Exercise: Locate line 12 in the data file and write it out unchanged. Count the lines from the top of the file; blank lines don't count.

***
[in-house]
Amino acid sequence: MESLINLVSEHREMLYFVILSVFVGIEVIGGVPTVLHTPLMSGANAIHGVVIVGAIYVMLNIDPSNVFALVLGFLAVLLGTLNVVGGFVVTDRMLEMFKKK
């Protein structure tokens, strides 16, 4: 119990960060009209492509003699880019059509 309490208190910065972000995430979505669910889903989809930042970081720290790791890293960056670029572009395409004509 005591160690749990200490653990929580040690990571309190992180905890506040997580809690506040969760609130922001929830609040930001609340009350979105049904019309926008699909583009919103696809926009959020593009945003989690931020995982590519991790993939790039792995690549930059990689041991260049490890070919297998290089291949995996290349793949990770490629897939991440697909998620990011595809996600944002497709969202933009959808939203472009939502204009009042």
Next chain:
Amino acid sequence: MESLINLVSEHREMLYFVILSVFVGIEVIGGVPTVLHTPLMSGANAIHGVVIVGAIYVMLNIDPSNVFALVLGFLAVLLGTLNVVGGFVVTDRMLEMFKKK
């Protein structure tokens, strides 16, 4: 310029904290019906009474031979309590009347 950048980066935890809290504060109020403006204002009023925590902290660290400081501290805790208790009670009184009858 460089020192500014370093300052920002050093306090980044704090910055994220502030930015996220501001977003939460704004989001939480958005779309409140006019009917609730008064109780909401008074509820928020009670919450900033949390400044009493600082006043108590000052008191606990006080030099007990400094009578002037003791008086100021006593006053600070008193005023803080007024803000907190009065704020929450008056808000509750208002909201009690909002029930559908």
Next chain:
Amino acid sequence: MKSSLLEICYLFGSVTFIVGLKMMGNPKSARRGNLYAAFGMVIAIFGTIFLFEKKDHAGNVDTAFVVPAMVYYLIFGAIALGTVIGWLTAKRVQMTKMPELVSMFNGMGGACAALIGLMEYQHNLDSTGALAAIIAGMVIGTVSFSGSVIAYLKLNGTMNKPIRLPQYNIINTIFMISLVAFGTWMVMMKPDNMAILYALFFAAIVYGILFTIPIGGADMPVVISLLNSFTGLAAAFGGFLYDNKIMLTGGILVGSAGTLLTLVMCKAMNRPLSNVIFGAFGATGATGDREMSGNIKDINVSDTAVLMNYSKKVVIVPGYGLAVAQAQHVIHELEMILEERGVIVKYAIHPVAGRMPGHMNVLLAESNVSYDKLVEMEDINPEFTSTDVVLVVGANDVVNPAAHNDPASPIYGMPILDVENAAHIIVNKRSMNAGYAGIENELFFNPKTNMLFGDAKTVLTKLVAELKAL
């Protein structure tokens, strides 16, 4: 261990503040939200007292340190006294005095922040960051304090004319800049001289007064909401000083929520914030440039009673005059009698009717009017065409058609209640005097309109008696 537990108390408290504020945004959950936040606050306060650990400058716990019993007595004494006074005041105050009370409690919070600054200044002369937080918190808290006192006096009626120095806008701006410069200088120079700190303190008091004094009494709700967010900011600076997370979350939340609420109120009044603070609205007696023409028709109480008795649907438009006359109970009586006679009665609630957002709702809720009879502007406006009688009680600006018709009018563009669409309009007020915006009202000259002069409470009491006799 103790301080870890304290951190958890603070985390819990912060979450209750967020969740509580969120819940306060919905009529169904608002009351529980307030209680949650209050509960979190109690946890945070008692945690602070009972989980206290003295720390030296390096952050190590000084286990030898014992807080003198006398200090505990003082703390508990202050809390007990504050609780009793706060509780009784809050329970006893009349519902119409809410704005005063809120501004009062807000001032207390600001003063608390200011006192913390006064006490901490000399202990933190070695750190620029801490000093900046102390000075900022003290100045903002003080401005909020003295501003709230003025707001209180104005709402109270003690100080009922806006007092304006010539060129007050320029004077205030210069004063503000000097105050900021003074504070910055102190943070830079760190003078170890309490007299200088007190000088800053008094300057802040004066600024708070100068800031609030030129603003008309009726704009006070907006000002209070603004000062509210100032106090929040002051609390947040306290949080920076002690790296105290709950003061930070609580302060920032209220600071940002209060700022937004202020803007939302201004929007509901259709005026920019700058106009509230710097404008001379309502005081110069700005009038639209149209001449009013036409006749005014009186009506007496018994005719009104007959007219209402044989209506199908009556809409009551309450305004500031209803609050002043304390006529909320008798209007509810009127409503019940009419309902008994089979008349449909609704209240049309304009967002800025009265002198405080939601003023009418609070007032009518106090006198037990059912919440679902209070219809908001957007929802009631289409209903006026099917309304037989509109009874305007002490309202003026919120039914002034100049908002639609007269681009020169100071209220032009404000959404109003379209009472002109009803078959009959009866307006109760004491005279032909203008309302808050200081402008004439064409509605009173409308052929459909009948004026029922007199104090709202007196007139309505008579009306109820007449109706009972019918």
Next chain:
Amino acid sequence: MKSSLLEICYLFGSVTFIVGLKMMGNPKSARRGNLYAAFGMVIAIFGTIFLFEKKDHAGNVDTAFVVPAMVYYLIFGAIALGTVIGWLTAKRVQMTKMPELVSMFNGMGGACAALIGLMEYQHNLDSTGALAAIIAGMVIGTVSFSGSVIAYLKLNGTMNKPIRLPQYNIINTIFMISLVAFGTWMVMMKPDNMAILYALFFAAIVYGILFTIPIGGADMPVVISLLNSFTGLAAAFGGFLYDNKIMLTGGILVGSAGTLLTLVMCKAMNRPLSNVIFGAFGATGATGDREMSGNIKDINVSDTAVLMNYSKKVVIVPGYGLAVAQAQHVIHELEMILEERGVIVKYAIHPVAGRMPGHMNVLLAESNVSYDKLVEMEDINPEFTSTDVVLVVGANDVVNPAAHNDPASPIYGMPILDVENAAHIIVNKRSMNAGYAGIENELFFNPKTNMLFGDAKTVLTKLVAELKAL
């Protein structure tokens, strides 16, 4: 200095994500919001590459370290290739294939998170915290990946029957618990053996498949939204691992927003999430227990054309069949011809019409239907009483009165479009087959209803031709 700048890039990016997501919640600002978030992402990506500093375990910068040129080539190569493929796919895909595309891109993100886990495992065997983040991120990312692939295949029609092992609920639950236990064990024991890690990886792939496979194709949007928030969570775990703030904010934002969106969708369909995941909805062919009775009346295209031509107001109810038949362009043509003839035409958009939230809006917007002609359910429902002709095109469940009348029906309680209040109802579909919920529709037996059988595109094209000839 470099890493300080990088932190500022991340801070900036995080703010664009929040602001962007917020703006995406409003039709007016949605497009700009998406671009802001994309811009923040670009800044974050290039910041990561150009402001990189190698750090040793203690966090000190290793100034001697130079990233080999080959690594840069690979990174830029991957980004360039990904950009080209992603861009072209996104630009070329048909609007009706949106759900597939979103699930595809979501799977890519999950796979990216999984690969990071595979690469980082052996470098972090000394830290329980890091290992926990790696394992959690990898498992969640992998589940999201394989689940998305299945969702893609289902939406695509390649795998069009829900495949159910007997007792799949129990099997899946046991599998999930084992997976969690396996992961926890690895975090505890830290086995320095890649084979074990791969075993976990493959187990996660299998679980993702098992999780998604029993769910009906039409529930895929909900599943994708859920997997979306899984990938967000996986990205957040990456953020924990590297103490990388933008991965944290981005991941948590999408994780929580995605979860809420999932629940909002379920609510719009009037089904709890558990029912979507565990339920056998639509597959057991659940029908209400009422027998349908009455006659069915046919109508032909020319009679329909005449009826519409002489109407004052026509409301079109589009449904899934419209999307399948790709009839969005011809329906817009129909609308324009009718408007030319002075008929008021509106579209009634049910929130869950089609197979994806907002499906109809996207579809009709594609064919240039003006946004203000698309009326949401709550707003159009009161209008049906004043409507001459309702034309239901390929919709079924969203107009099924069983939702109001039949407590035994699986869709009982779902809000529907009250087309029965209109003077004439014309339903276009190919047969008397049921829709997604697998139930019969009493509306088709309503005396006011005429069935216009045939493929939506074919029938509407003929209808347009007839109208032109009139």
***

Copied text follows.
């Protein structure tokens, strides 16, 4: 200095994500919001590459370290290739294939998170915290990946029957618990053996498949939204691992927003999430227990054309069949011809019409239907009483009165479009087959209803031709 700048890039990016997501919640600002978030992402990506500093375990910068040129080539190569493929796919895909595309891109993100886990495992065997983040991120990312692939295949029609092992609920639950236990064990024991890690990886792939496979194709949007928030969570775990703030904010934002969106969708369909995941909805062919009775009346295209031509107001109810038949362009043509003839035409958009939230809006917007002609359910429902002709095109469940009348029906309680209040109802579909919920529709037996059988595109094209000839 470099890493300080990088932190500022991340801070900036995080703010664009929040602001962007917020703006995406409003039709007016949605497009700009998406671009802001994309811009923040670009800044974050290039910041990561150009402001990189190698750090040793203690966090000190290793100034001697130079990233080999080959690594840069690979990174830029991957980004360039990904950009080209992603861009072209996104630009070329048909609007009706949106759900597939979103699930595809979501799977890519999950796979990216999984690969990071595979690469980082052996470098972090000394830290329980890091290992926990790696394992959690990898498992969640992998589940999201394989689940998305299945969702893609289902939406695509390649795998069009829900495949159910007997007792799949129990099997899946046991599998999930084992997976969690396996992961926890690895975090505890830290086995320095890649084979074990791969075993976990493959187990996660299998679980993702098992999780998604029993769910009906039409529930895929909900599943994708859920997997979306899984990938967000996986990205957040990456953020924990590297103490990388933008991965944290981005991941948590999408994780929580995605979860809420999932629940909002379920609510719009009037089904709890558990029912979507565990339920056998639509597959057991659940029908209400009422027998349908009455006659069915046919109508032909020319009679329909005449009826519409002489109407004052026509409301079109589009449904899934419209999307399948790709009839969005011809329906817009129909609308324009009718408007030319002075008929008021509106579209009634049910929130869950089609197979994806907002499906109809996207579809009709594609064919240039003006946004203000698309009326949401709550707003159009009161209008049906004043409507001459309702034309239901390929919709079924969203107009099924069983939702109001039949407590035994699986869709009982779902809000529907009250087309029965209109003077004439014309339903276009190919047969008397049921829709997604697998139930019969009493509306088709309503005396006011005429069935216009045939493929939506074919029938509407003929209808347009007839109208032109009139």